Hogue has tweaked their Deka folder just in time for
Like many of Hogue’s knives, the Deka was an Allen Elishewitz design. And if you’re familiar with Elishewitz’s custom or production work, you’ll recognize his tactical-inflected style here, from the aggressive but ergonomic handle profile to the multifaceted blade. The Deka became a go-to EDC favorite in the Hogue lineup, offering higher portability than bigger brothers like the X5, but more flexibility in its cutting chores than the tiny Microflip.
The Deka was well-received from the off, but there were two things fans asked Hogue to revise. One of them was the way the Deka was constructed. Maintenance is not only a necessary part of owning a knives/blades/knives.html" 15179 target="_blank">knife, but for enthusiasts, it can be part of the joy. However, with six two-piece screws holding things together, the Deka’s handle looked a bit congested, and put up more of a fight than it needed during spa treatments. Generation two has one less screw, and adjusts where the remaining ones are on the handle itself. Less hardware makes the disassembly process easier, and also provides fewer points for failure in the long run.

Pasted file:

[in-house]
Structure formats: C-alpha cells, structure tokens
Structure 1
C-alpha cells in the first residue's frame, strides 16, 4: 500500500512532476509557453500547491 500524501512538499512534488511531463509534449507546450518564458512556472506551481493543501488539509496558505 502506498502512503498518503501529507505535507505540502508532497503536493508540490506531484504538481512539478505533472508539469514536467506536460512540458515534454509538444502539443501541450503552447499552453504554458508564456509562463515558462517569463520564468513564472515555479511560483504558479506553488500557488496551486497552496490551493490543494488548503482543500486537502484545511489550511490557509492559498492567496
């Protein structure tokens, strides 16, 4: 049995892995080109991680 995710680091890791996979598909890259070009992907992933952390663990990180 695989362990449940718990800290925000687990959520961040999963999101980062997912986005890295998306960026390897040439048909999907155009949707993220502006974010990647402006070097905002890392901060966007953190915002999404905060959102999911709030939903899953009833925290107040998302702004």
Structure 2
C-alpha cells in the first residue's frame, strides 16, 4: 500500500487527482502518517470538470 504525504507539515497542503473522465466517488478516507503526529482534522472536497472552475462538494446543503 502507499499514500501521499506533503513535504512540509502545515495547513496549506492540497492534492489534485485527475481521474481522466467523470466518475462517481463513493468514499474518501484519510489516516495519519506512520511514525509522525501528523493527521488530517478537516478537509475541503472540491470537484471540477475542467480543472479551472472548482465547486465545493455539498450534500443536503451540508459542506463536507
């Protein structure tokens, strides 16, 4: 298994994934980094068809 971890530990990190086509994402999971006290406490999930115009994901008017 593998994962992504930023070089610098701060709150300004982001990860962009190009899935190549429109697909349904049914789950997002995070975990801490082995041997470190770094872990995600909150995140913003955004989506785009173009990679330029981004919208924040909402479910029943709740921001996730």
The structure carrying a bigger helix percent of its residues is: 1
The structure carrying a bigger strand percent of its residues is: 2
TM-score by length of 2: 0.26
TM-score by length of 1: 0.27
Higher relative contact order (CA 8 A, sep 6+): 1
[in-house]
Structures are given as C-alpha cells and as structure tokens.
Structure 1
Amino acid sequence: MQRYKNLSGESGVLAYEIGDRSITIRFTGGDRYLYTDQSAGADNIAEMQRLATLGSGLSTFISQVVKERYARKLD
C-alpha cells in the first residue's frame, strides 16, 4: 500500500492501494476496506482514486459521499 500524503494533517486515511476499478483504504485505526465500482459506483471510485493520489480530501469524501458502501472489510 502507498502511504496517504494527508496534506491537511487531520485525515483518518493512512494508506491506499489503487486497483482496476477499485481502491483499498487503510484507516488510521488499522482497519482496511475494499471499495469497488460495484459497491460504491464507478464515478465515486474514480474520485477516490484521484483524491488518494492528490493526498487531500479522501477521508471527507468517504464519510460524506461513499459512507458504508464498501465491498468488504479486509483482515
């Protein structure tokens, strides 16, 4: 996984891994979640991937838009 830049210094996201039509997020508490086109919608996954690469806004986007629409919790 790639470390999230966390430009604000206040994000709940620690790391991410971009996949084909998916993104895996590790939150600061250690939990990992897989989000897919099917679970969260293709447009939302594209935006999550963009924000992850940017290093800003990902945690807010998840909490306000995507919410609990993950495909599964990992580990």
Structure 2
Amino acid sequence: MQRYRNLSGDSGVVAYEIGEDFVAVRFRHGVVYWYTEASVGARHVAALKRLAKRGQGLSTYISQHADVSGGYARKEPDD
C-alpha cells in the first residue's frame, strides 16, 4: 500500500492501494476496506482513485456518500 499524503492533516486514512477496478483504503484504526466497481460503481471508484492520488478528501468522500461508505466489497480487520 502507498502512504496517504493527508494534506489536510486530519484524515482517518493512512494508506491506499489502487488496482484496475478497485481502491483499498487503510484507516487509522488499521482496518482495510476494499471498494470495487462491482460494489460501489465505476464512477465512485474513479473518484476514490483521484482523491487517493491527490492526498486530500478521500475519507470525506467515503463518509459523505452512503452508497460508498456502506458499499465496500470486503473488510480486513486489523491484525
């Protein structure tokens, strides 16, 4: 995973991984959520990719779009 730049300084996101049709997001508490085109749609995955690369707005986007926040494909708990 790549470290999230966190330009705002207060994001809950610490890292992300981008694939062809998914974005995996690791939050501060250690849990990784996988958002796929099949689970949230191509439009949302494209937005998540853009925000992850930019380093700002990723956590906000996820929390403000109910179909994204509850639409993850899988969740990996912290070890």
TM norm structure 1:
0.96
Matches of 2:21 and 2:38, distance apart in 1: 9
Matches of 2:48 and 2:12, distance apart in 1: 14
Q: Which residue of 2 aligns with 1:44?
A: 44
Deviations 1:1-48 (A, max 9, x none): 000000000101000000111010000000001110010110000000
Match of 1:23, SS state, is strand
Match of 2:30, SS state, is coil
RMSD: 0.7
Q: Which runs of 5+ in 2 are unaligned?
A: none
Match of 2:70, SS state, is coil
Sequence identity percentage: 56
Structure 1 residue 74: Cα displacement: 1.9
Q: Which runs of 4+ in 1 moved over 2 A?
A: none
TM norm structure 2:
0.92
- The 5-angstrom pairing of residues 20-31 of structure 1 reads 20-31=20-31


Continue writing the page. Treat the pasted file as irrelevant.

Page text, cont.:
Underneath the renovated scales is a smaller inset steel frame, housing the ambidextrous ABLE Lock. Less hardware and a reduced frame do make the Gen. 2 Deka lighter than its predecessor, albeit by just .09 ounces; but given that the original weighted 2.39 oz. to begin with, we don’t think anyone will be complaining. More notable is the addition of a deep carry clip, which will make the Deka 2 feel better in the pocket even if the weights between generations are almost at a parity.
The other macro and micro elements like the the G-10/G-Mascus scales and 3.25 CPM-20CV inch blade, available in a clip point or wharncliffe configuration, remain the same here as they were on Gen 1. The Gen. 2 Dekas are available now.